Although football has always been my passion, I also love the game of baseball. The late Bart Giamatti, Major League baseball’s former commissioner and a clear romantic of the sport, did too. He once lamented the end of the season in near-poetic terms. Here is what he wrote:
It [baseball] breaks your heart. It is designed to break your heart. The game begins in the spring, when everything else begins again, and it blossoms in the summer, filling the afternoons and evenings, and then as soon as the chill rains come, it stops and leaves you to face the fall alone. You count on it, rely on it to buffer the passage of time, to keep the memory of sunshine and high skies alive, and then just when the days are all twilight, when you need it most, it stops.
Such prose might seem a bit over-the-top for the non-fans among us, but if you, like me, have cherished the game since childhood, his words probably resonate with you.
Scanning yesterday’s news, I was reminded of this when I read that the legendary Los Angeles Dodgers play-by-play announcer, Vin Scully, just announced he’ll be back in the booth for his 60th season with the team in 2010. Sixty years! Growing up in Southern California, the sound of Scully’s voice—easy and smooth and intoxicating, even musical at times—was the sound of summer. I enjoyed listening to him.
Since my childhood was often chaotic and much of the time laden with sadness, fractured even, Vin’s voice was a steady bright spot. It was predictable, too, a quality I longed for in my life. Attending Dodger games was a real and rare treat; my first game was a doubleheader against the Cincinnati Reds. In fact, on that memorable day, I was able to get Pete Rose, Johnny Bench, Ron Cey, Steve Garvey, Davey Lopes and Dave Concepcion to sign a ball. The event left a lasting impression on me.
It’s easy to watch an accomplished man like Scully from afar and assume he’s had a career of ease and good fortune. Always impeccably and elegantly dressed, polished and articulate (he sometimes quotes Shakespeare in the midst of a game), a gentleman of gentlemen, someone might conclude he’s lived a charmed and carefree life. After all, Vin Scully has been elected to several Halls of Fame, is generously compensated for his work and enjoys good enough health to work into his 82nd year.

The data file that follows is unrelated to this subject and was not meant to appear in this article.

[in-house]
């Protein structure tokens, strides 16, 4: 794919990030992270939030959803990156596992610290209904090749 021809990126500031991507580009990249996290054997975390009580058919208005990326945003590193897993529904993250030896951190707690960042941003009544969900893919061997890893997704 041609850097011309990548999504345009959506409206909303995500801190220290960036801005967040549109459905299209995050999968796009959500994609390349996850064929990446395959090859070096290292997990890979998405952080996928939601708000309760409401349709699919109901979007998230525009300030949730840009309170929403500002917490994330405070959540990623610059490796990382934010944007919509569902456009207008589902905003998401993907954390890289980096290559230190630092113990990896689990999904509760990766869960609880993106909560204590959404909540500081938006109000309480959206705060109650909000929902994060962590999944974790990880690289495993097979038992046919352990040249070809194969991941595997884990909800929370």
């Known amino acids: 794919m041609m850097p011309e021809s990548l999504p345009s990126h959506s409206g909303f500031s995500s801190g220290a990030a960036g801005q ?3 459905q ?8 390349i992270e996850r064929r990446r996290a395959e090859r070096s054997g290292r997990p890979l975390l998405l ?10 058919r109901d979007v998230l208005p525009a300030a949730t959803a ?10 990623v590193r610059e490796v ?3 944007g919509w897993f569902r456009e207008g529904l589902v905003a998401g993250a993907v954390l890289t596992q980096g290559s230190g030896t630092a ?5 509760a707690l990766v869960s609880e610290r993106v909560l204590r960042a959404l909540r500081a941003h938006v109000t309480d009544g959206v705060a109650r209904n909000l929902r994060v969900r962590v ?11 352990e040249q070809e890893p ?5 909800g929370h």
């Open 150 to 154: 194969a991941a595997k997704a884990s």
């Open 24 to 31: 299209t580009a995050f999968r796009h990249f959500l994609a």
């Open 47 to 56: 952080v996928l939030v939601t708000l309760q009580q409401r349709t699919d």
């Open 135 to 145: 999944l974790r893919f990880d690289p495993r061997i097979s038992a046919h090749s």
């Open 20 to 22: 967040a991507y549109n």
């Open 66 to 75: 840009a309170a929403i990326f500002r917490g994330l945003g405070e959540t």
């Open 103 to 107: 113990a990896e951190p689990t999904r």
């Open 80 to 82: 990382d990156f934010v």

We all might be so fortunate. But like Giamatti’s reflection of baseball, a look at Vin Scully’s life is a reminder that nobody is free of grief and woe this side of eternity.
Yesterday’s article mentioned that Mr. Scully and his wife, Sandy, just celebrated their 36th wedding anniversary. What it didn’t mention was that in 1972, Vin’s first wife, Joan, died tragically, leaving him a widowed father of three. He would marry Sandy a year or so later and before long was a father of five.
Life went on. He continued his work with the Dodgers and the television networks. Fame and fortune followed. But in 1994, Vin’s eldest son, Michael, was killed in a helicopter crash while on the job. Fifteen years later, Scully says the death haunts him still.
Vin Scully credits his faith with giving him the strength to carry on despite the nearly overwhelming burden of grief that accompanied the losses and disappointments. He added that the people around him helped him carry on through his tears. The consummate professional, many listeners never knew of his pain and troubles, that’s how smooth and controlled his emotions were.
During a question-and-answer session this past week, Scully was asked to comment on a high-profile divorce that’s occurring within the Dodger organization. “As someone who holds a great sanctity for marriage, it only breaks my heart,” the classy announcer responded.
Bart Giamatti got it right about how baseball can break the heart, at least metaphorically speaking. But Vin Scully’s life reminds us that the twists and turns of life can do so, too.
Is there someone around you, maybe a coworker, a neighbor or even a relative who at least by all appearances seems to have it all together? Remember, things are not always as they appear. We would be wise to exhibit a greater degree of tenderness to those within our circle. Watch for the signs, ask questions and be prepared with an encouraging word. You might have an extraordinary opportunity, even today, to minister to someone who, at least inside, is lost and alone.
Happy 36th anniversary, Mr. & Mrs. Vin Scully! Thank you for sharing your gifts with us these many years, and I look forward to hearing you again come spring, when the green grass returns and life begins anew.